Despite its ill-chosen title, “Masters of American Dance,” Friday’s opening performance of the Kansas City Ballet’s concluding program in its inaugural season at the Kauffman Center, was a delicious affair.
By LISA JO SAGOLLA
Special to The Star
Although it seemed the evening would serve up works by master choreographers, it instead offered sublime ballets by only two genuine choreographic masters -- George Balanchine and Jerome Robbins. Rounding out the program was a fun piece by the company’s former artistic director, Todd Bolender, and a work by the famously mediocre, unimaginative dance-maker Peter Martins. (He had a distinguished career as a dancer with the New York City Ballet and now is its ballet master-in-chief, but for most New York critics, having to watch a Martins ballet is a dreaded event.)
The reason KC Ballet’s artistic director William Whitener programmed Martins among such illustrious company quickly becomes apparent. Martins’s “Les Gentilhommes,” a ballet for nine men, set to Handel’s “Concerto Grosso,” provides a perfect showcase for the troupe’s male contingent.
One of Whitener’s finest traits as company helmsman is his commitment to his dancers, finding the right ballets to challenge their abilities and support their evolution as artists. While there are countless works which do that for a ballerina, it is difficult to find pieces that effectively nurture a young male dancer, much less an ensemble of them, such as the impressive cadre Whitener has been grooming. Martins’ ballet emphasizes not athleticism, but rather the lyricism and subtleties of classical stylings. In it the cast found the aristocratic elegance of the ballet lexicon, and reveled in the strength of presence and physical eloquence it yields.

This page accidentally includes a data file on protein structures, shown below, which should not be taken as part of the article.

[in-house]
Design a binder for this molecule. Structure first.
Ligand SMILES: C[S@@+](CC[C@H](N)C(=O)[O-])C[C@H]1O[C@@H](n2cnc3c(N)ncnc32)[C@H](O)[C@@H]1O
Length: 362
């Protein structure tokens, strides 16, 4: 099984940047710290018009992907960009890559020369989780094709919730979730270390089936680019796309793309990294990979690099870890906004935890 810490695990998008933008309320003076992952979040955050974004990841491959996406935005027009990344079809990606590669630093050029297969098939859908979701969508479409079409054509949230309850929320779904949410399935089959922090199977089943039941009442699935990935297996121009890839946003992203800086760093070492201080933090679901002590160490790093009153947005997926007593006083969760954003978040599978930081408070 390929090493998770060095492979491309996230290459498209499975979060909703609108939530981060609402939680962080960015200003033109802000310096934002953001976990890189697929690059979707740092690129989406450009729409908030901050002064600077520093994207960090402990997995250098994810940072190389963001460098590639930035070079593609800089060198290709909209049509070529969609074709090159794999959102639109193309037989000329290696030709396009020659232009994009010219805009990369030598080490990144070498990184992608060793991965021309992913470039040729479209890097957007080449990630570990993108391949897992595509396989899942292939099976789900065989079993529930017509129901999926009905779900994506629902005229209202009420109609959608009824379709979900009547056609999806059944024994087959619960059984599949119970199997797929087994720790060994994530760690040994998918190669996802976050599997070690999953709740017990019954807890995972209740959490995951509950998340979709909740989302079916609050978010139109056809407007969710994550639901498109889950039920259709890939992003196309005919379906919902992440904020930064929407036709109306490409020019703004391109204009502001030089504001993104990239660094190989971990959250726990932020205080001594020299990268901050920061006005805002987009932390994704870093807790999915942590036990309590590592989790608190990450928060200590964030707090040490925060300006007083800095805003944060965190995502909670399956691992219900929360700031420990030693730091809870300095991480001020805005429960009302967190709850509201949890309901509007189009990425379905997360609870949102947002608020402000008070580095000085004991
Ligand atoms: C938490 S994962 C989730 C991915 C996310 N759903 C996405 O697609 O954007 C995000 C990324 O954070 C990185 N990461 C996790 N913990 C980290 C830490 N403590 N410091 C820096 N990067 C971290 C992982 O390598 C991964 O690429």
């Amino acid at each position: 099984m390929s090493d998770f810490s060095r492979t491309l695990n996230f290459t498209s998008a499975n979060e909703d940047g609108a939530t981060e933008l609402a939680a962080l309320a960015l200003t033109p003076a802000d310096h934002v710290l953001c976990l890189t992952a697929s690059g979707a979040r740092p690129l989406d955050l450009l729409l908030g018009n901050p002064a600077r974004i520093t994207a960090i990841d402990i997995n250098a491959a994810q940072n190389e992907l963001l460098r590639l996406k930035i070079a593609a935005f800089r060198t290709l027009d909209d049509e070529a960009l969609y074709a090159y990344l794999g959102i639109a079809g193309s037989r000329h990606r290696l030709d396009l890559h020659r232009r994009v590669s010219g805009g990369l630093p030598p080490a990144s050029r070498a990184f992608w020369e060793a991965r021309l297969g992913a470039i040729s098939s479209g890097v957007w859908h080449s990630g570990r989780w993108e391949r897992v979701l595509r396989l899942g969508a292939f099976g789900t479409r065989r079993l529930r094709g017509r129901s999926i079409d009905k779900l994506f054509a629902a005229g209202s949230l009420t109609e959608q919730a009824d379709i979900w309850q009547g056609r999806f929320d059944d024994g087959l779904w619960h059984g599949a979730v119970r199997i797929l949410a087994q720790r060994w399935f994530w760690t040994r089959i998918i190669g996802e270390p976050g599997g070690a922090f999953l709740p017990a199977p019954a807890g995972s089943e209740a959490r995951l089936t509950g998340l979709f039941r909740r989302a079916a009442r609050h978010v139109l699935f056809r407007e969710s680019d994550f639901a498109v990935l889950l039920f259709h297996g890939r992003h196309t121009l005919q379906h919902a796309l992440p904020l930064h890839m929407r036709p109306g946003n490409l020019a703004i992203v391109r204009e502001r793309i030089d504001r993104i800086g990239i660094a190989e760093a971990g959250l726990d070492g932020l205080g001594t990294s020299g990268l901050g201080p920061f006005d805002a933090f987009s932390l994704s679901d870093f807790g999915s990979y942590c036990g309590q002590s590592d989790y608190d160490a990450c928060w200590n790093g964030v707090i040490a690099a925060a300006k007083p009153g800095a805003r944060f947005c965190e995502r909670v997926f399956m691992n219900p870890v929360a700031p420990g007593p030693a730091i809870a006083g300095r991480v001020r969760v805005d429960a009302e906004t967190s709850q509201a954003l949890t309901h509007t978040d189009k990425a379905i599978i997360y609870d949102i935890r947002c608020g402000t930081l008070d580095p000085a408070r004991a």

The evening opened with a shining performance of Balanchine’s wondrous “Serenade,” a jewel of a ballet created in 1935 for a large corps of women and two men. Kirk Bookman’s too-bright lighting, however, compromised the work’s mysterious, dream-like quality.
Logan Pachciarz and Rachel Coats gave timid interpretation to Robbins’s “Afternoon of a Faun,” an unusual duet in which a male and female dancer enjoy a brief encounter in a rehearsal studio. We the audience are their mirror. They gaze intently out at us as they dance, as if mesmerized by their own and each other’s reflections. While Pachciarz’s performance may have benefited from more boldly energized movement statements, Coats’s physical rendering of the choreography and her delicate emotionality were exquisite.
But what makes this program the don’t-miss dance outing of the season is the opportunity to see the company’s veteran ballerina, Kimberly Cowen, perform one last time. After a 20-year career she is retiring from the stage and gives her farewell performance in Bolender’s “Souvenirs,” a theatrical, character-driven comic ballet set at a beachside resort during the silent-movie era.
Cowen is marvelous as a Theda Bara-inspired vamp. With his sharp affinity for the stylistic nuances of the cleverly choreographed period dancing, Pachciarz makes a charming Man About Town, and the entire cast tickles us with well-executed slapstick shenanigans.